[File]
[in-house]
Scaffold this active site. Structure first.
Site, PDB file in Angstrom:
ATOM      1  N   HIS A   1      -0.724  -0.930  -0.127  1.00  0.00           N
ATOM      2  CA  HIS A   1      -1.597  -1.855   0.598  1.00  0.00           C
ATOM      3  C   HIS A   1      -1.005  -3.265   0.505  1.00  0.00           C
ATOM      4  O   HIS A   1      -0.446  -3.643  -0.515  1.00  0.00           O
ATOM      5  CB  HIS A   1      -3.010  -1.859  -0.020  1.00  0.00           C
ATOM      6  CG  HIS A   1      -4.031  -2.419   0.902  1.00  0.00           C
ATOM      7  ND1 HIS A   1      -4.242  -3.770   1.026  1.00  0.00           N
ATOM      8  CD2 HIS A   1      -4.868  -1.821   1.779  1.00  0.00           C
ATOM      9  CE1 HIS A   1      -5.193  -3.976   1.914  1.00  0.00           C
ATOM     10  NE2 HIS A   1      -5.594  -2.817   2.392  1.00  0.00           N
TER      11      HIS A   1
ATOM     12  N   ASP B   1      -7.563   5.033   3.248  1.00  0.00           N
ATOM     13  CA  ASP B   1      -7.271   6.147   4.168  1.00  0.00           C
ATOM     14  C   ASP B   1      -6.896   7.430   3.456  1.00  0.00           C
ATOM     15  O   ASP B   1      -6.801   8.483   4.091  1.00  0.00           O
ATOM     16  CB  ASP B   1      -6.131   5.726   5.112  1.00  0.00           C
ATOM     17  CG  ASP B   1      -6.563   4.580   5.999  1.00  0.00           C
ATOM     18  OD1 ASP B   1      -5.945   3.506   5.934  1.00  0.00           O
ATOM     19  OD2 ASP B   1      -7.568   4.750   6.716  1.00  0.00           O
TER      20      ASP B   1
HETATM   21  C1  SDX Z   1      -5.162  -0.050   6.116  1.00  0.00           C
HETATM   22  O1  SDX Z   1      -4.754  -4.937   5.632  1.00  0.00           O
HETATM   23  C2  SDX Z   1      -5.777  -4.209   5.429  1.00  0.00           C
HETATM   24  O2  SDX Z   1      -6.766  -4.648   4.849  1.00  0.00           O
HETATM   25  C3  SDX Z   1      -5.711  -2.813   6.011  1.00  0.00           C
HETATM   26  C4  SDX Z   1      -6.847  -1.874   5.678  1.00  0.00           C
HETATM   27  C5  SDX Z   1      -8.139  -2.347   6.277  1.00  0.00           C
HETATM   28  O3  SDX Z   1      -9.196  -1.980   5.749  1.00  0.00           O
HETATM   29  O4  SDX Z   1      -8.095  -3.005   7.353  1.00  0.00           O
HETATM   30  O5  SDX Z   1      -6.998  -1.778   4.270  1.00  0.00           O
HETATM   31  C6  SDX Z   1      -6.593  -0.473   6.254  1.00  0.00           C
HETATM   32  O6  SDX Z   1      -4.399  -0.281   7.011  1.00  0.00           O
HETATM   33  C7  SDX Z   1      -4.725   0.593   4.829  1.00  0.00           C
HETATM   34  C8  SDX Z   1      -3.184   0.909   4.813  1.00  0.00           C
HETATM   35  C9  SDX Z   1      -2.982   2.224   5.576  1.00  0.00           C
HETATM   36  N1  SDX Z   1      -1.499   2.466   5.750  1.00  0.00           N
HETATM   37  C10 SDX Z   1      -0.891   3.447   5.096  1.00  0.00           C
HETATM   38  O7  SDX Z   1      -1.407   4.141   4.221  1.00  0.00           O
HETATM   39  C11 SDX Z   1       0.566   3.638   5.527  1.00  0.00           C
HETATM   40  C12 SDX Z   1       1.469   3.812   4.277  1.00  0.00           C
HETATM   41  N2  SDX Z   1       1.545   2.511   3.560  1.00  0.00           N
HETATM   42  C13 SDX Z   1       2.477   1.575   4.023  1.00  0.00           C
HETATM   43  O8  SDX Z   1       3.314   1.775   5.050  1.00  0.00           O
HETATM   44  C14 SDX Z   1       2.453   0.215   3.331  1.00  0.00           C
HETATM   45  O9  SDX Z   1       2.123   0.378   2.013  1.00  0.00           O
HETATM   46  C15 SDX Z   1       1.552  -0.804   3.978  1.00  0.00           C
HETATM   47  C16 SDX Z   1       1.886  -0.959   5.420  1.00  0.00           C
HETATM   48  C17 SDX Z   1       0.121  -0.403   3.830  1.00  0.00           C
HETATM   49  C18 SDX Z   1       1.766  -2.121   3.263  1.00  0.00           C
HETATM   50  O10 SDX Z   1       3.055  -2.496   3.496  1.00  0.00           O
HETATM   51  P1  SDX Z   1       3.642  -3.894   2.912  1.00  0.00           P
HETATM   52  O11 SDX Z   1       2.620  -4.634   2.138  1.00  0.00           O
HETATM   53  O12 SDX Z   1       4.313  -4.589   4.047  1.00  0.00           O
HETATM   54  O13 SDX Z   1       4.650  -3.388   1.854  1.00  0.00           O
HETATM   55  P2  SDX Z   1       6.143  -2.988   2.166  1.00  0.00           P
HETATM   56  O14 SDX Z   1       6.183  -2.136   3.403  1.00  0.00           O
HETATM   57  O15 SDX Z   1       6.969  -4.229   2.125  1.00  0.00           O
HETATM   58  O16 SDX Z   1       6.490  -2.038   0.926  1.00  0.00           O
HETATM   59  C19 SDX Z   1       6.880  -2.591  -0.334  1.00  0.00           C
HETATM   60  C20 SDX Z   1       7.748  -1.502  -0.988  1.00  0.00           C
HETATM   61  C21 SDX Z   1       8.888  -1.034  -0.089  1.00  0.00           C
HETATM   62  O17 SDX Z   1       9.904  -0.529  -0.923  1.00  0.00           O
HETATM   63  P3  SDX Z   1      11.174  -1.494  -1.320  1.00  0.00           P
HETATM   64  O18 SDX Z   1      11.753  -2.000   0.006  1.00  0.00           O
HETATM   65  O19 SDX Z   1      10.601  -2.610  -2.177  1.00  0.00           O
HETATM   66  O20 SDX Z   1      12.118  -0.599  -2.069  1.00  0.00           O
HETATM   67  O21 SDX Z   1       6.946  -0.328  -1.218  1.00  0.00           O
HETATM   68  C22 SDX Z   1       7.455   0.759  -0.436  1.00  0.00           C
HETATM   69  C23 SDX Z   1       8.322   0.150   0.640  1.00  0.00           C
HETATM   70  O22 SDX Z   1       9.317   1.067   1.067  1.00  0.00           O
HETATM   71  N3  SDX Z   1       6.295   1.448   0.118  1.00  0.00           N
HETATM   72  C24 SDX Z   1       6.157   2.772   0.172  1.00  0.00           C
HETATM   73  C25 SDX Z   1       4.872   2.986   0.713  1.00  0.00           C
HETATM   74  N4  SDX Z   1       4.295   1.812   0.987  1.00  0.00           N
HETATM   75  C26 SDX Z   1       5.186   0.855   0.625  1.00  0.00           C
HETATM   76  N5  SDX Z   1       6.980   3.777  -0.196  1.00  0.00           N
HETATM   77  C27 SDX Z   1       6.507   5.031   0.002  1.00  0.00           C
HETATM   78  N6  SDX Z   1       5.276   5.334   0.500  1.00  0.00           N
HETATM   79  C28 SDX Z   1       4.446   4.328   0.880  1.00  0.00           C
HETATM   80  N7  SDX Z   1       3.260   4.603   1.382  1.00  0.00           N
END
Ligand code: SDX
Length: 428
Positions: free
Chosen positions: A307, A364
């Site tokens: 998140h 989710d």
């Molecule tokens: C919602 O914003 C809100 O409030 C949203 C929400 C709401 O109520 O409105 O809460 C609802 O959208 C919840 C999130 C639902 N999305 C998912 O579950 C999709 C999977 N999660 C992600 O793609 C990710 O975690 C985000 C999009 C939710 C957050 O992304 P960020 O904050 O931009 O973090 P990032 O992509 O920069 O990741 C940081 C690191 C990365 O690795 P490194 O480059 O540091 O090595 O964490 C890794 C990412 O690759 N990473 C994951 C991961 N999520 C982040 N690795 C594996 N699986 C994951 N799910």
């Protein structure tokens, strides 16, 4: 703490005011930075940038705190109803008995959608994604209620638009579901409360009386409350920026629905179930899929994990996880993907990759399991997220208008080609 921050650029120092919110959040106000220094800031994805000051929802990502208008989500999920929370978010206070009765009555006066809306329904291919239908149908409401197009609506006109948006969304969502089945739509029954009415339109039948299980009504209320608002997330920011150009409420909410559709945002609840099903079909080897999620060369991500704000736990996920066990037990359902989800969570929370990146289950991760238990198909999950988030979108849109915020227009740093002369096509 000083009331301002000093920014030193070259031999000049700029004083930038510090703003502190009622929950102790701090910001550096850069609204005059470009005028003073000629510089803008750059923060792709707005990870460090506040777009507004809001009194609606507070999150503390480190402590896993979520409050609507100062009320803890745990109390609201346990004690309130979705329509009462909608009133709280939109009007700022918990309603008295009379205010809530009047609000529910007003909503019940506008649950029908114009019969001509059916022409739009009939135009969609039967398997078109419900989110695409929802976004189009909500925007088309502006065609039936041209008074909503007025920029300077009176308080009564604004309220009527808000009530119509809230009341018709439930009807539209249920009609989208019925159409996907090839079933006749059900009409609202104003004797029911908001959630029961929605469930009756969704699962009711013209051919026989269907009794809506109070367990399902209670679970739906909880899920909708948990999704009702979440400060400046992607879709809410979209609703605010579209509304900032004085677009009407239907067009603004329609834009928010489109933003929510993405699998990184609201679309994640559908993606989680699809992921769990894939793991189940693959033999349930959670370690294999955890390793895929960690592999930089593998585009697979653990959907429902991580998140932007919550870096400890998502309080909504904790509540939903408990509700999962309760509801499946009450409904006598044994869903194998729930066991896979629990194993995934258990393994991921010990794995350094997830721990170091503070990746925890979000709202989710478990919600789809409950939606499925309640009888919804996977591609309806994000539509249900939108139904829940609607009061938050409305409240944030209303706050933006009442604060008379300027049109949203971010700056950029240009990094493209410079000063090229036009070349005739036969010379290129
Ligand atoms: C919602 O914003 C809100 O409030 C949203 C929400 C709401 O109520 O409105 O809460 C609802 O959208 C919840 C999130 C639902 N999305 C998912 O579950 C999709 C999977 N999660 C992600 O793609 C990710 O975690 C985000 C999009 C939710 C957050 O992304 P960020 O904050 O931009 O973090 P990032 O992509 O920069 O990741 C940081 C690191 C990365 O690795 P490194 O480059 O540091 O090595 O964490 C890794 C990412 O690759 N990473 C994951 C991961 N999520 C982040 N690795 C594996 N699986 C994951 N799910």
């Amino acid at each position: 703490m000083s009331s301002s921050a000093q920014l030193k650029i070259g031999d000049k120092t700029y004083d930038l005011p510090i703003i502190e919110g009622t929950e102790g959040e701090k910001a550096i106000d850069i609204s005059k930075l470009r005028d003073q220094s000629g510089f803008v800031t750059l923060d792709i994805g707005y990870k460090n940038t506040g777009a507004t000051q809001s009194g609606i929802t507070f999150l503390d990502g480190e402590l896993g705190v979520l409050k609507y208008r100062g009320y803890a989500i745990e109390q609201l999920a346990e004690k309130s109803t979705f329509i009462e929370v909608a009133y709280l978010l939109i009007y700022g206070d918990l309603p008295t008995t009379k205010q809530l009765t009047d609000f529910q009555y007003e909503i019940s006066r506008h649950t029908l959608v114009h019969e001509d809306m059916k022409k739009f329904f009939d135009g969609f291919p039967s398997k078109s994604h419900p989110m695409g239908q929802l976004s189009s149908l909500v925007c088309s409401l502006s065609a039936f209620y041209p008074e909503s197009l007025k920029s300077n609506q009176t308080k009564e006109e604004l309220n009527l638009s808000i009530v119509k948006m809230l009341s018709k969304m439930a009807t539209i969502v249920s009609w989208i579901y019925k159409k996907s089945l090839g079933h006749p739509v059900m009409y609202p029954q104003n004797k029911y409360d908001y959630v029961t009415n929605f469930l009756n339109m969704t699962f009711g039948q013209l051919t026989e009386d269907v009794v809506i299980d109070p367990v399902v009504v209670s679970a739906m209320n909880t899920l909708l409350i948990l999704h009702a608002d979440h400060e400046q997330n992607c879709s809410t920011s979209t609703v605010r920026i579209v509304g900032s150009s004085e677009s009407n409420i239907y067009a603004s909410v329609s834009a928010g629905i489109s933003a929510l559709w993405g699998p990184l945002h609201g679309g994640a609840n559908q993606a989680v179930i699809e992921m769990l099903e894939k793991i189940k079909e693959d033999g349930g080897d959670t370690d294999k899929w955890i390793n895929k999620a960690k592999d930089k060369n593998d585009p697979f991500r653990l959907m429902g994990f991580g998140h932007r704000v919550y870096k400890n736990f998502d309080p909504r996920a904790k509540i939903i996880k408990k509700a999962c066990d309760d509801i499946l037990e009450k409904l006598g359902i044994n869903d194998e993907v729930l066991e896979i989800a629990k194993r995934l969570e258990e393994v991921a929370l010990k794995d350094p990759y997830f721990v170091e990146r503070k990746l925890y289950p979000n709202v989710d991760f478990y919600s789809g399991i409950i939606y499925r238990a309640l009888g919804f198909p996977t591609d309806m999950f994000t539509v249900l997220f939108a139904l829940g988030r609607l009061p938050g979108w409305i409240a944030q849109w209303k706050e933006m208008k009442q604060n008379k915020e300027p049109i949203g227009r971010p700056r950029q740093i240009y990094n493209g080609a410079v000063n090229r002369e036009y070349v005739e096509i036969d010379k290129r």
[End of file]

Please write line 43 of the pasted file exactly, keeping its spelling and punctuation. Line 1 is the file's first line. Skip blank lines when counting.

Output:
HETATM   40  C12 SDX Z   1       1.469   3.812   4.277  1.00  0.00           C